I don’t mean to sound vitriolic, because I think I remember Bethesda’s good points more than most who chime in on the topic, but I just mean to say, if this is how they lead off, I dont see any indication of these lofty hopes I had in common with you until just lately. This is really what decided me, but the crab armor thing primed the pump. This wouldnt have been enough on its own to sway my optimism, cus buddy let me tell you, it is a practiced optimism.. but anyway, it’s more that it seems like a pattern is emerging and the pattern is exactly what you’d expect a nice idea like the Creation Club might be cannibalized into once it got caught downwind of a wild roving board room, still writhing in sexual frenzy for the lucrative numbers they’ve just seen in a Powerpoint about Blizzard’s microtransactions. I frankly think that’s what happened here: the Creation Club started as a gift to modders, but to people who see games as commodities worth sums of money, mods are kind of indistinguishable from “free content we should be getting paid for somehow.” I think somewhere along the line, that ink got in the drink. I guess it still has time to turn around – it always does, some junkies get clean when they’re 50 – but why give it credit where it’s no longer due?

      Credit is due for what they *did* for modding. I’ll be the first to voice up about that.
      But now, what they are *doing* is just cheap, and so much moreso for betraying those great ideas I believed in, and which it seems you still do. And for both our sakes, I hope your view prevails, and I’m proven wrong. But at this point, I’m a former hopeful who’s said Fuck, I really do see what people mean.

  14. DatrixTHLK says:

    I’ll just ignore the CC. I don’t want it, nor need it. Thanks anyways Bethesda, CC is never going to be a thing for me, no matter how much chocolate syrup you put on crap it will still taste horrid.

  15. Tonycubed2 says:

    There are benefits that are being missed. One is that the game engine itself is being enhanced. Several new papyrus commands were added to skyrim to support survival mode. The commands can be used in our own mods now. That is a welcome development.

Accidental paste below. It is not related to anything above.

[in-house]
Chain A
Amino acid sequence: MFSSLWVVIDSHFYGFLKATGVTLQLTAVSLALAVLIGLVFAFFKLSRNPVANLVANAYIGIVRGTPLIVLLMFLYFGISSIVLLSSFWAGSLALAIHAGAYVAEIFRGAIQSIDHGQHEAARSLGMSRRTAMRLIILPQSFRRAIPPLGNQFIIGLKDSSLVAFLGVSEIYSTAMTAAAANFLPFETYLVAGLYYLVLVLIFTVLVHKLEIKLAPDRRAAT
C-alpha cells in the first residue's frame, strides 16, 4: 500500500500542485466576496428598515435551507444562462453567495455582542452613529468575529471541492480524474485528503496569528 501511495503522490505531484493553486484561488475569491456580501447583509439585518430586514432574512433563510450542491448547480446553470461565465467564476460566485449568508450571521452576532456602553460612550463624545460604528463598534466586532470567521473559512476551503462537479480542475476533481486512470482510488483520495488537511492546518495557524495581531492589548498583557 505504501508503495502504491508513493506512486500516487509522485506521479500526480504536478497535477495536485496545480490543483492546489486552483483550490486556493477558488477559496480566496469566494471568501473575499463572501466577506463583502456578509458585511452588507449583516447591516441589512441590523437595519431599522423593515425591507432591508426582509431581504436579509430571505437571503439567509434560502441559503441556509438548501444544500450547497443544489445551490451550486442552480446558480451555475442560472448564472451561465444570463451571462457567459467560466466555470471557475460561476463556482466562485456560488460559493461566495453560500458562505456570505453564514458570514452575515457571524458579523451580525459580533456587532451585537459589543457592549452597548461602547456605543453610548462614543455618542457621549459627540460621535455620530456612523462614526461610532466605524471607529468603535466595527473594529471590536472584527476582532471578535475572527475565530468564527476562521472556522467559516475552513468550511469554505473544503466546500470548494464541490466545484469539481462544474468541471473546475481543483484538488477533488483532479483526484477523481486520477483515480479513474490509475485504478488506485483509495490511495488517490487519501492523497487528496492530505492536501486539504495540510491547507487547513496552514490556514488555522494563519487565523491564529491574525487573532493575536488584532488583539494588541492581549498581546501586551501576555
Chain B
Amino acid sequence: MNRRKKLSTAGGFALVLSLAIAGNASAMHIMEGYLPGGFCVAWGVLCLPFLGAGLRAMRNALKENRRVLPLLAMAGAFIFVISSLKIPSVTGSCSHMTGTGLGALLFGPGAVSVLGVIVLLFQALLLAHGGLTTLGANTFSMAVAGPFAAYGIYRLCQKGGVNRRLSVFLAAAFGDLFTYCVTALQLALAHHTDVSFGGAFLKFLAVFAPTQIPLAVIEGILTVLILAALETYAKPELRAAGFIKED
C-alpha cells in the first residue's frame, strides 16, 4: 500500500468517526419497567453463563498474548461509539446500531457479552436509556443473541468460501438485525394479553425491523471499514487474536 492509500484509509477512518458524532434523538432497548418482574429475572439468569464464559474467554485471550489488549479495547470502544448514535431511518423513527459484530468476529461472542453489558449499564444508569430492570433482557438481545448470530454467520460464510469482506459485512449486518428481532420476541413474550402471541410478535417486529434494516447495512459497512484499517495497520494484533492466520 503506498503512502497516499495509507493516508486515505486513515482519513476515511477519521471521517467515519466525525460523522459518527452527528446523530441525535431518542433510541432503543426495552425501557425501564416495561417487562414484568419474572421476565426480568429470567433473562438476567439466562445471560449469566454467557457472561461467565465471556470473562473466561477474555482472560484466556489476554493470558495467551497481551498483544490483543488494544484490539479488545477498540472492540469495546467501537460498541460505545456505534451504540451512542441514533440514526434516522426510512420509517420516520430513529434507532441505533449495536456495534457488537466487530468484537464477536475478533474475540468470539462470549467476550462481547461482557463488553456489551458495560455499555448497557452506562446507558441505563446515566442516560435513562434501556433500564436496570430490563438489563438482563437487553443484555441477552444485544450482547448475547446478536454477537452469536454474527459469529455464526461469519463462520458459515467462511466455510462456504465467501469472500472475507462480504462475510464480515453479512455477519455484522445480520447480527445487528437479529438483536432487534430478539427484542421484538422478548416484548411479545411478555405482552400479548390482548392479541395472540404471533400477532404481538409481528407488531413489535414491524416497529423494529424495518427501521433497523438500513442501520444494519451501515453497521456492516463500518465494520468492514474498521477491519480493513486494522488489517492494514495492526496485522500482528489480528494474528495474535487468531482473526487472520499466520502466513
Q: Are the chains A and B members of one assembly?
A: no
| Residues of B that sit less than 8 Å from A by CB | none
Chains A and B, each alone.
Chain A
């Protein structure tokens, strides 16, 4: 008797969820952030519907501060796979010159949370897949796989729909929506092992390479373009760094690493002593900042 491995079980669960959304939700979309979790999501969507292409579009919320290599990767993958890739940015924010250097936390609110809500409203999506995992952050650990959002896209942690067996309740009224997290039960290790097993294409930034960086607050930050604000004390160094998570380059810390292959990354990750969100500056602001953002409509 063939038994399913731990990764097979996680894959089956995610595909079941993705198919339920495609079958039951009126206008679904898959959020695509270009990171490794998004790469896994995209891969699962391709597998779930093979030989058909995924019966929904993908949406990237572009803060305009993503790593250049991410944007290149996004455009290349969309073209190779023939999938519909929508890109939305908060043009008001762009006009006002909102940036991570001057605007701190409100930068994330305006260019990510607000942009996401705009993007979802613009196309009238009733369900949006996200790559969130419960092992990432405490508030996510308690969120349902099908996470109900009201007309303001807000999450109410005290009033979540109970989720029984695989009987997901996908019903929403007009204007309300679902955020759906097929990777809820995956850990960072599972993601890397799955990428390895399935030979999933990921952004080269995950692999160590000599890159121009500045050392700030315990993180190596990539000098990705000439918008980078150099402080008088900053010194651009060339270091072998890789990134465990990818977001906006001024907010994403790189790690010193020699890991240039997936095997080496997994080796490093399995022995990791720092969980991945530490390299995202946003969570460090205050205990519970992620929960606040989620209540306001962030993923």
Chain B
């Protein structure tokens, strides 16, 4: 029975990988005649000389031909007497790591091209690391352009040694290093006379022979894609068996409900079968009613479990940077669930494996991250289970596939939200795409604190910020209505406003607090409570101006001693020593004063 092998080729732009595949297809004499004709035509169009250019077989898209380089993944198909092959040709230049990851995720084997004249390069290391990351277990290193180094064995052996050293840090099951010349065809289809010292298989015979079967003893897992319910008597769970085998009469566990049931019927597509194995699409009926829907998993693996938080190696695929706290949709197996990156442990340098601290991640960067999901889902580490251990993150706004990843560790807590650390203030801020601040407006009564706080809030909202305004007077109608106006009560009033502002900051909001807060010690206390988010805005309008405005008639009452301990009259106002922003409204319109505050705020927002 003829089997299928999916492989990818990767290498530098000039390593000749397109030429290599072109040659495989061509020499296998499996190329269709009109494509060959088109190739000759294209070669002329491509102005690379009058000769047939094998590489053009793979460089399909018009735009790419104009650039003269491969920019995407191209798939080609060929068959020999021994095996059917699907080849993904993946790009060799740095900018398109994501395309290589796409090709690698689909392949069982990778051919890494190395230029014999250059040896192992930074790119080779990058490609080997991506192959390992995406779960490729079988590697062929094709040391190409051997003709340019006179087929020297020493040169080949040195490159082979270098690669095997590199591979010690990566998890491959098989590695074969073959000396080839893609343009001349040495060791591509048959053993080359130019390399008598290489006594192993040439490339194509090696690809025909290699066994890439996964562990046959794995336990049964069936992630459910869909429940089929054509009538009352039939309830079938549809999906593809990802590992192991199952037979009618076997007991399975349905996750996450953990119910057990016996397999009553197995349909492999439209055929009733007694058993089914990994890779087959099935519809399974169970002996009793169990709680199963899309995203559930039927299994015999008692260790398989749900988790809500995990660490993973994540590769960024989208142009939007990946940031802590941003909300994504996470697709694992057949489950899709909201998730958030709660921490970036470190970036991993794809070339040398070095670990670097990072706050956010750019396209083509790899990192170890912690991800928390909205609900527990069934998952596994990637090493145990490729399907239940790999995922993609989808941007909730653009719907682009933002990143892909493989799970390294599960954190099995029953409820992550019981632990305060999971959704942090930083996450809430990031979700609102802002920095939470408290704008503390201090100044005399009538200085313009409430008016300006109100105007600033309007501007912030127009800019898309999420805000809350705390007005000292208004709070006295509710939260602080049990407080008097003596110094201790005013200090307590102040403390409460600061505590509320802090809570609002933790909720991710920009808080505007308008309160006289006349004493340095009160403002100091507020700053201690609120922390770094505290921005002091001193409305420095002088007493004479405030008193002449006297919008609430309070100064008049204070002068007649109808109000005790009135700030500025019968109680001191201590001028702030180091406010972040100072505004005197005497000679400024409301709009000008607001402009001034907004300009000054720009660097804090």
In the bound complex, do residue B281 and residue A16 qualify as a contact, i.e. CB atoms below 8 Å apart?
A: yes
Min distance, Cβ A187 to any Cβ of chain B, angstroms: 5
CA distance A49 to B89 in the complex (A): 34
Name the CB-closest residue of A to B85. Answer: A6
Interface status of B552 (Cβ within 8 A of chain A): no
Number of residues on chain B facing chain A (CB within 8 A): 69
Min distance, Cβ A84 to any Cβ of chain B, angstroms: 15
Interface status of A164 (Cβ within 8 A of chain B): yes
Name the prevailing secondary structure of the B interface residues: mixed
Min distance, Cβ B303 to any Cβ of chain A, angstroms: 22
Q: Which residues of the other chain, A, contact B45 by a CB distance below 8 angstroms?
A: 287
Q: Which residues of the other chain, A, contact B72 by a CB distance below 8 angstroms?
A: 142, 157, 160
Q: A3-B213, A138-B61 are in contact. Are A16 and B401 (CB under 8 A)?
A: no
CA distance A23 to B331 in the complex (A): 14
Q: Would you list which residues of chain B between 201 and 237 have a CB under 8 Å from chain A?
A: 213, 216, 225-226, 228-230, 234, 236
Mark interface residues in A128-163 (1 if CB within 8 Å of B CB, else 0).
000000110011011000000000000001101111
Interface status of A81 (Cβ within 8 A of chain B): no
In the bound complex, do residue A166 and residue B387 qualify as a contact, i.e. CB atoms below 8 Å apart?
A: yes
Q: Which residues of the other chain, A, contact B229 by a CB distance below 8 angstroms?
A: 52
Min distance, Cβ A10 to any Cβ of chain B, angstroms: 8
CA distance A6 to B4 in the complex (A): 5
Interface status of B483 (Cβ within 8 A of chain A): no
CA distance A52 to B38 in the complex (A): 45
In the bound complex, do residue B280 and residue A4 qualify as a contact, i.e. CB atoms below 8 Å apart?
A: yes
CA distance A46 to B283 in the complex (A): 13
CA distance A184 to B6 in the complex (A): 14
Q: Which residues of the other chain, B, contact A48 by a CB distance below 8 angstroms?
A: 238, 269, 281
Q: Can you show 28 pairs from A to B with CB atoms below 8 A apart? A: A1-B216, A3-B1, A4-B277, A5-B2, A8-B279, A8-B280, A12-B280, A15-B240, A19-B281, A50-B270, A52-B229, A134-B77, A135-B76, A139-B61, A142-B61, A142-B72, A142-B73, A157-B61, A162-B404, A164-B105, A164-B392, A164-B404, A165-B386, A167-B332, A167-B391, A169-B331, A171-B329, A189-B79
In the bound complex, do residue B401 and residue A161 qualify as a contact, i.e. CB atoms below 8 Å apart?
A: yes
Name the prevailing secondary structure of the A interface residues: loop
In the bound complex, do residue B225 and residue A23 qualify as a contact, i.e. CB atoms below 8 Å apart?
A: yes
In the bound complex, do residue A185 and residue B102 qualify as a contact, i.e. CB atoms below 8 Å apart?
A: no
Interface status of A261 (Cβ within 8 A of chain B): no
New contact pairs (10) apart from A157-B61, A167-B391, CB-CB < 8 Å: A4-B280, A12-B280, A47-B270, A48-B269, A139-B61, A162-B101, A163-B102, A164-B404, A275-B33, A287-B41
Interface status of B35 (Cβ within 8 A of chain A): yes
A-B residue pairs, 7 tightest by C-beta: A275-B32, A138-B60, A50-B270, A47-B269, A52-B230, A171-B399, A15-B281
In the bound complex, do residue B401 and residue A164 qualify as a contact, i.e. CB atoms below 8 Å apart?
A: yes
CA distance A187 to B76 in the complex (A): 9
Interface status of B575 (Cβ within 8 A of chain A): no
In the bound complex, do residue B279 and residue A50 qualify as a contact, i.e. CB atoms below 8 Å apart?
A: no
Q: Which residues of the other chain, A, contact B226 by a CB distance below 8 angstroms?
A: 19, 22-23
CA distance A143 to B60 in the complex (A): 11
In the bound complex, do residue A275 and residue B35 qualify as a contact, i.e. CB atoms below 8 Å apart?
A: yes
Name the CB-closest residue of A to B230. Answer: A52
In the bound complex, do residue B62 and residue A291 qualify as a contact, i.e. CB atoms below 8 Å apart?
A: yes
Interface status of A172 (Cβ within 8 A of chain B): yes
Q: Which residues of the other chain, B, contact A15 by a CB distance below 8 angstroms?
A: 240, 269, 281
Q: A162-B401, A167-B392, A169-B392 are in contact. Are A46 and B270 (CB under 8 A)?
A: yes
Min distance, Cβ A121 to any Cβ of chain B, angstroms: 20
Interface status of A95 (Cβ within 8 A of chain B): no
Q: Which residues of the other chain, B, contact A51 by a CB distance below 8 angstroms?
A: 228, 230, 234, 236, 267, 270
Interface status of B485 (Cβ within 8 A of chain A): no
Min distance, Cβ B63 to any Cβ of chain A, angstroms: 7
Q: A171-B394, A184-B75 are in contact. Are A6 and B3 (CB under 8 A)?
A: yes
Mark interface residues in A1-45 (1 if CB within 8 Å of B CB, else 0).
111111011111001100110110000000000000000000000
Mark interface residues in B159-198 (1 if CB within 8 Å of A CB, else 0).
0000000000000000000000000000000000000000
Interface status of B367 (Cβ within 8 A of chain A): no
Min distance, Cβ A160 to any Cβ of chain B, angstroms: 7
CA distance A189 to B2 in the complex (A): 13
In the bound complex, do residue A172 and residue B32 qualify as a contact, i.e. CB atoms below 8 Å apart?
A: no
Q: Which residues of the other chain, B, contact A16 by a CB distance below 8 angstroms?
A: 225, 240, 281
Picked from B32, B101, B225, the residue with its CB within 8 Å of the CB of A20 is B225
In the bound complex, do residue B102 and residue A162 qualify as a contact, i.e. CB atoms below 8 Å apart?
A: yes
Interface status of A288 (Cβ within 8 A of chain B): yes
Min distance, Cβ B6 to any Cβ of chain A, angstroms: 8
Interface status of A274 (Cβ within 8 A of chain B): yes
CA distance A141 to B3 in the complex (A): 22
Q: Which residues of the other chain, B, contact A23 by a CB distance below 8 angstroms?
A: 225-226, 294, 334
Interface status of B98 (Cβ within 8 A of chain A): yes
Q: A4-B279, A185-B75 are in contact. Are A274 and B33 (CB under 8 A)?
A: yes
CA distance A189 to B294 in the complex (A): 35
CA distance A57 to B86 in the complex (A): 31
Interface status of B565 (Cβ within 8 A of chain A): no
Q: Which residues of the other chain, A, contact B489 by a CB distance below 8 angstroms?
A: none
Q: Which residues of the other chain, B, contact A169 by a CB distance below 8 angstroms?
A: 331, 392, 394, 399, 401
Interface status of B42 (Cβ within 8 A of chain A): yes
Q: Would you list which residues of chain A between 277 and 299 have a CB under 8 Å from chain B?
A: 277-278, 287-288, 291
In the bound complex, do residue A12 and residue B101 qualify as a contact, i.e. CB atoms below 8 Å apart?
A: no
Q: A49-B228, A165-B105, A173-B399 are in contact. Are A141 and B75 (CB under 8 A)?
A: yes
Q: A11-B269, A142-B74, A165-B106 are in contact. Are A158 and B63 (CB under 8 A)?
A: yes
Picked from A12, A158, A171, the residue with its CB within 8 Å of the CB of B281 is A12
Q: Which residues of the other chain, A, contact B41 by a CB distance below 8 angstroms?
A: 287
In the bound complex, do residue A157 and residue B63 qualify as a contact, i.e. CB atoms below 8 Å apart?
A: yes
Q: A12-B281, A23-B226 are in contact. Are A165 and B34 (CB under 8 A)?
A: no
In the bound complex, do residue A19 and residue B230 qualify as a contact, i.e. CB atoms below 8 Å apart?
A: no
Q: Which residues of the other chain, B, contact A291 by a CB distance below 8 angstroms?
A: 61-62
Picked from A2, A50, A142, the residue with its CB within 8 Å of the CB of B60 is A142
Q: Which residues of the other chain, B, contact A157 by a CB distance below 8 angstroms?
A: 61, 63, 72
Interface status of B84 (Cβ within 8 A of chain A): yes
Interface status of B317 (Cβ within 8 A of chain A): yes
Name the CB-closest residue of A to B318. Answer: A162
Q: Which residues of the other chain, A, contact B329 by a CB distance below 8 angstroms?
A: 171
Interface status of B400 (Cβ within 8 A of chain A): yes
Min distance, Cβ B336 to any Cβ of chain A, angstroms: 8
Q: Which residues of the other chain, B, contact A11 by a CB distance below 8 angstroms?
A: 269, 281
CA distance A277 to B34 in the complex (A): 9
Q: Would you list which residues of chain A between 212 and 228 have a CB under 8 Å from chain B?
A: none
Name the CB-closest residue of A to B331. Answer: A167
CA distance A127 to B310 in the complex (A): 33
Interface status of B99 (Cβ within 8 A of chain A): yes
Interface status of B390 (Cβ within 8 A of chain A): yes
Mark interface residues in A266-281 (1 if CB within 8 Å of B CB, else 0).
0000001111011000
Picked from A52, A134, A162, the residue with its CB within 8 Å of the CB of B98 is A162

The other is a belief more than a proven fact. Since they are going to commission mods based on proposals, we will get more support from them and hopefully game engine fixes as time goes on.

    • Michael Anson says:

      Yeah, people are generally ignoring the benefits of the Creation Club because they don’t like the idea of paying for “mods” (actually third party DLC).

    • MellowKrogoth says:

      Well, *that* is awesome. Additions to the scripting engine were always an extremely rare commodity from Bethesda, and they stopped with the last official expansion. If this additional inflow of cash means actual scripting features being added on a regular basis without being reversed-engineered into the game, I’m looking forward to it.

      On the other hand, what I’ve always wanted is to be able to install a modpack of all the greatest mods for Skyrim and just play, but due to modders’ selfishness and over-inflated egos that never happened, unlike in other modding communities (S.T.A.L.K.E.R., Civ IV …). Now with money being involved, that’s even less likely to happen. Unless Beth literally want to guarantee that all mods on their platform will be compatible with each other… good luck with that ha ha, if you want to go beyond armor mods.

      • Kittim says:

        Pft, get a load of you MellowKrogoth.
        All those “selfish” modders that give up their free time for nothing in order to make a game you enjoy better.
        Those nasty people, they haven’t made a uber mod you can “just play”
        God forbid you should have to download those mods separately!
        How dare they make you download something like LOOT, made and maintained for free. And that you have to install it and learn how to press what, TWO buttons to sort out the load orders of hundreds of mods?
        You could float a tanker with that much entitlement.

      • Rosveen says:

        There is no one-click install Greatest Skyrim Mods Pack, but there is STEP (guide to visual enhancement) and GEMS (guide to gameplay enhancement, now sadly largely outdated). There are also tools such as LOOT, Mod Manager, NMM or Wrye Bash, which help with mod management and load order. If that is not enough for you and you still demand that someone else spends hundreds of hours troubleshooting hundreds of mods just for you, well, I hate to say it, but you’re an entitled asshole.

  16. SaintAn says:

    Cool, they’re still stealing other peoples mods, just like they did with some of the Losers Club content.

    Grow a spine RPS and stand up for the people instead of pushing corporate propaganda.

  17. Lokarn says:

    Implement a deeply unpopular cash grab on a product at the end of its very successful life cycle. Then by the time the new Elder Scrolls is announced with Creation Club from day one, bank on the outrage having petered out into acceptance.

    • Dogshevik says:

      The sad truth is that you will always do well when you use good timing and bet on the majority of customers being uninformed and/or uncaring about what you actually do.

  18. Cederic says:

    I eat on a Monday and then don’t eat again until a Friday. No impact on my stamina, and if anything makes me a little faster with weapons as hunger induces a level of aggression to anything that might lead to food.

    If you’re going to make eating food an essential part of a game then at least make its absence realistic. Over a week without food, sure, there are effects; you’ll suffer mentally rather than physically, although you’ll also be more susceptible to illness.

    Losing attack speed because you haven’t eaten for a few hours is however complete nonsense. Even in a game.

    Maybe this is why I don’t play survival games. People survive rather well.